7 Steps to Evict a Tenant in California
The eviction process is precise. This means that the paperwork and the process require careful attention and precision, with little to no room for error. We often see landlords who have tried to complete the process without help only to find their case kicked out of court for some minor discrepancy in their paperwork. Below is an outline of the basic steps to evict a tenant in California.
Step One: Determine Legal Grounds to Evict Tenant
One of the first steps to evict a tenant in California is to determine the legal grounds to evict the unwanted tenant. Under California law, a landlord can evict a tenant if one of the following occur:
1. The tenant fails to pay rent
2. The tenant breaks the lease or breaches another term of the rental agreement
3. The tenant commits waste (for example, damages the property)
4. The tenant becomes a serious nuisance to other tenants
5. The tenant conducts illegal activity on the property
As a landlord, these first steps to evict a tenant are critical. Be aware that any error may invalidate the entire process. First, California law requires you to notify the tenant of the legal grounds for their eviction. This notice is often called a Notice to Vacate or Notice to Quit. The type of notice you use will depend on the reason you want to evict the tenant. If the reasons is “curable” (meaning the tenant can do something to fix the problem and stop the eviction) the notice may provide the tenant with an opportunity to cure the defect (for example, pay any outstanding rent due). Depending on the nature of the rental arrangement, you may want to consider using a mediator to help resolve your landlord-tenant dispute.
A landlord must provide at least a 30-day notice period to terminate month-to-month tenants. Tenants who have lived in the property a year or longer are entitled to a 60 day notice. For material breaches (other than failing to pay rent), a landlord can provide a 3-day notice to the tenant.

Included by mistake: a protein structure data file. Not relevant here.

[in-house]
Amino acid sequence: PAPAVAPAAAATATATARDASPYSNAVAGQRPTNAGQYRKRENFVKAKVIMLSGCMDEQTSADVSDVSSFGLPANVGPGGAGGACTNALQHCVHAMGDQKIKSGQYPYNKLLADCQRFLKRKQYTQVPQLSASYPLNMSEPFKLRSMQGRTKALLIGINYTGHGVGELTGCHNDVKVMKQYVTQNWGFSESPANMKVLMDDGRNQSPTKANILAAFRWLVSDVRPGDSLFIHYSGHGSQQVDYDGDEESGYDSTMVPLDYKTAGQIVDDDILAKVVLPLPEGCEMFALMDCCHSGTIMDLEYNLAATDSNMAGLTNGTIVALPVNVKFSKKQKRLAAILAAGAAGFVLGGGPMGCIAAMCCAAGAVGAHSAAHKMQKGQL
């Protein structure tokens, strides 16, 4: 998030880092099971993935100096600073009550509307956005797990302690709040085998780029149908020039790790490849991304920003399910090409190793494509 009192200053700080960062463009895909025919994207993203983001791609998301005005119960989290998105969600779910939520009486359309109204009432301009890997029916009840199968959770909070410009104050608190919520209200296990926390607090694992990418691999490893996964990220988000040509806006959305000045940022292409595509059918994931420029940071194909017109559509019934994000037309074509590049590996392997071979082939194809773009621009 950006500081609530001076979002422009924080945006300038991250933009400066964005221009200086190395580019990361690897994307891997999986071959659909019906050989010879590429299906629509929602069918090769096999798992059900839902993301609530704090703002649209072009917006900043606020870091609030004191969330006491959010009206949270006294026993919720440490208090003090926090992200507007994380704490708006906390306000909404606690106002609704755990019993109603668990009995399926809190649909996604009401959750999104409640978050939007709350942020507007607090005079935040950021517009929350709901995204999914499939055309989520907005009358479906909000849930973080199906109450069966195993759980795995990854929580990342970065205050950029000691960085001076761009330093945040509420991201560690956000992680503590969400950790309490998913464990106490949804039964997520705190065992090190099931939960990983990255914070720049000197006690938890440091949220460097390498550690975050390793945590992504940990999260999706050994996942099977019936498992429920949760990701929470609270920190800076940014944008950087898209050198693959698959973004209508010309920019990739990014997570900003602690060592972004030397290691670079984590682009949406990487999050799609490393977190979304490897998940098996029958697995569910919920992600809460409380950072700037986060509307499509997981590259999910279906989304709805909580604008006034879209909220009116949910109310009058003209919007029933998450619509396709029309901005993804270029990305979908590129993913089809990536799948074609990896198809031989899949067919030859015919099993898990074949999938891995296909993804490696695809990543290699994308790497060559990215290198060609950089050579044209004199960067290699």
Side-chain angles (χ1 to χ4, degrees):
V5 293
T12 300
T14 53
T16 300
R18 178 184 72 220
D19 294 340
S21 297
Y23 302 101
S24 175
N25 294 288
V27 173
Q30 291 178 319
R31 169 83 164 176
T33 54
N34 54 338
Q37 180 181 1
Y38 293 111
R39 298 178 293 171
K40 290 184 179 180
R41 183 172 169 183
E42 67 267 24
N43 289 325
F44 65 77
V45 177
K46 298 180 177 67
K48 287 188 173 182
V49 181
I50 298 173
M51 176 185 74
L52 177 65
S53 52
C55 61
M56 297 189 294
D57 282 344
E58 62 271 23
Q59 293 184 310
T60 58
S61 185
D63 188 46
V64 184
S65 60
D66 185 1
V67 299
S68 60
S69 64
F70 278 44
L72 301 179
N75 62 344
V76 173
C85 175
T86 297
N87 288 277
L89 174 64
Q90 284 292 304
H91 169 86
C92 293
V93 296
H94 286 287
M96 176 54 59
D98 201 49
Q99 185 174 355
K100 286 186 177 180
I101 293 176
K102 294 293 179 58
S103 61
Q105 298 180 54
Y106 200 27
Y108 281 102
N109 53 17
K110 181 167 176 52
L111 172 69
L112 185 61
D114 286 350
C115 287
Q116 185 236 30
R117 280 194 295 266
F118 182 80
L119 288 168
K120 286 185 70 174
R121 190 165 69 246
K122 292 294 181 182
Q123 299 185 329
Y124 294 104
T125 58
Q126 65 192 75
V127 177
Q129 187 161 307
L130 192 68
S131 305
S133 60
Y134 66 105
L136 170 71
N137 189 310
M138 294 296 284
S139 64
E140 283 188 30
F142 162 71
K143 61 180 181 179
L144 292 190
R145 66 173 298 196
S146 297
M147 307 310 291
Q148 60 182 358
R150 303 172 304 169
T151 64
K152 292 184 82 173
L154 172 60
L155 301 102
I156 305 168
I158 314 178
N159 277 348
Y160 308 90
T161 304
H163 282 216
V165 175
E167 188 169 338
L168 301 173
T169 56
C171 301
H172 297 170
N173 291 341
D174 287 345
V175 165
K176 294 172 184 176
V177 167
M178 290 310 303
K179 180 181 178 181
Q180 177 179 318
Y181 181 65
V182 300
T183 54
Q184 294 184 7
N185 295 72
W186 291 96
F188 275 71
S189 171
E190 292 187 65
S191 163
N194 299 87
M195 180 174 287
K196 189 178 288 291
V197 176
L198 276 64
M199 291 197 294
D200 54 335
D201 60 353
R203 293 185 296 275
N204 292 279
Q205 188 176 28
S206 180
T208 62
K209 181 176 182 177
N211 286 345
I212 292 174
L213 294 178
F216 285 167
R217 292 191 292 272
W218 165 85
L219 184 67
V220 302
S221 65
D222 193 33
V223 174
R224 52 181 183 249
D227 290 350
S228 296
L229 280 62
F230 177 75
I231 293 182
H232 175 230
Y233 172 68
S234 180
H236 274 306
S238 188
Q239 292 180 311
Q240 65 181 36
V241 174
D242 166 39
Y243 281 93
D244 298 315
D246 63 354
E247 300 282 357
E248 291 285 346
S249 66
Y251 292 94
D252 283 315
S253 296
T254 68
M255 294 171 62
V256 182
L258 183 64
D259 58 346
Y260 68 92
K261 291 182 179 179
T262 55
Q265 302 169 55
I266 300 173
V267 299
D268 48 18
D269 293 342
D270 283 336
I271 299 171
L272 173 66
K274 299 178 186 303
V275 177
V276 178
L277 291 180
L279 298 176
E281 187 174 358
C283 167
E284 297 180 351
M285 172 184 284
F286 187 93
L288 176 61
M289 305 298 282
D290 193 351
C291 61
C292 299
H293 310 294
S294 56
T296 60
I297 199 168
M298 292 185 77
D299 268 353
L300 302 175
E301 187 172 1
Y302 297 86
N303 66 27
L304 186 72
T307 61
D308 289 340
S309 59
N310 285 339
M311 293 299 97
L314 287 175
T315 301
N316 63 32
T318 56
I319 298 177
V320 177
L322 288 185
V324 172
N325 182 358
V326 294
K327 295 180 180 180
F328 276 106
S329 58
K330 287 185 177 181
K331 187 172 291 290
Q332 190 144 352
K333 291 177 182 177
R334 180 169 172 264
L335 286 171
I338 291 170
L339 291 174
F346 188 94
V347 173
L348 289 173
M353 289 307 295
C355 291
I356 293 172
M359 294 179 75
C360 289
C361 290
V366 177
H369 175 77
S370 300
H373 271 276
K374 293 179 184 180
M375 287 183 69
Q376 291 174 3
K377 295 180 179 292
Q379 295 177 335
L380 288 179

Step Two: Provide the Tenant with Notice
The notice provided to the tenant must be served. It is not uncommon for tenants to try to avoid being served with notice. Fortunately, there are several methods you can use to have a tenant served. We recommend hiring a professional process server to serve the tenant by one of the following methods:
1. Personally deliver a copy of the notice to the tenant
2. Leave the notice with a person over 18-years-old at the tenant’s residence
3. Obtain a court order to post the notice on the tenant’s front door
If the tenant fails to cure the legal issue within the allotted time after being served with notice and they remain in the property, you will then need to consider filing a civil suit known as an unlawful detainer action against the tenant(s).
Step Three: File an Unlawful Detainer Lawsuit
One of the more detailed steps to evict a tenant pertains to the paperwork involved in the court process. Due to the complexities of the paperwork, we recommend that you get some type of professional help preparing the required court paperwork for the California eviction process. You can either hire an expensive attorney or, alternatively, work with a legal document preparer to prepare and file an unlawful detainer lawsuit. Upon filing the complaint, the court will issue a summons to the tenant.
Step Four: Allow the Tenant Time to Respond or Vacate Premises
After the date of service of the civil eviction complaint, the tenant has five days to file a response or, alternatively, move out. In some cases (and often to stall the court process) a tenant will file a motion to attack the manner in which he/she was served. In other instances, a tenant will simply file an answer to the complaint.
Step Five: Request a Court Date for Trial
If the tenant does not file an Answer or respond to the court case, you may be able to continue with the process without having to have a court trial. Contact A People’s Choice to help you with this additional paperwork. However, if the tenant does file an Answer, the landlord should immediately request a court trial date. A court trial is usually scheduled within 10 to 20 days from the filing of the request.
Step Six: Go to Court
As the landlord, if the matter continues to a trial you will need to bring records of the tenant’s violation and supporting evidence to court. The judge will hear the case and make a ruling.
Step Seven: Have Sheriff Schedule Move Out
One of the last steps to evict a tenant in California is arranging the formal move-out. If the judge rules in favor of the landlord, the Judge will sign a court order that ends the tenant’s right to stay in the property. A Writ of Possession can then be issued by the Court Clerk and taken to the local sheriff’’s office. The sheriff will serve the tenant with a copy of the Writ which will include a final 5 day notice to vacate. After the notice expires, the Sheriff will meet the landlord at the property, physically remove the tenants and the landlord can then change the locks on the property.
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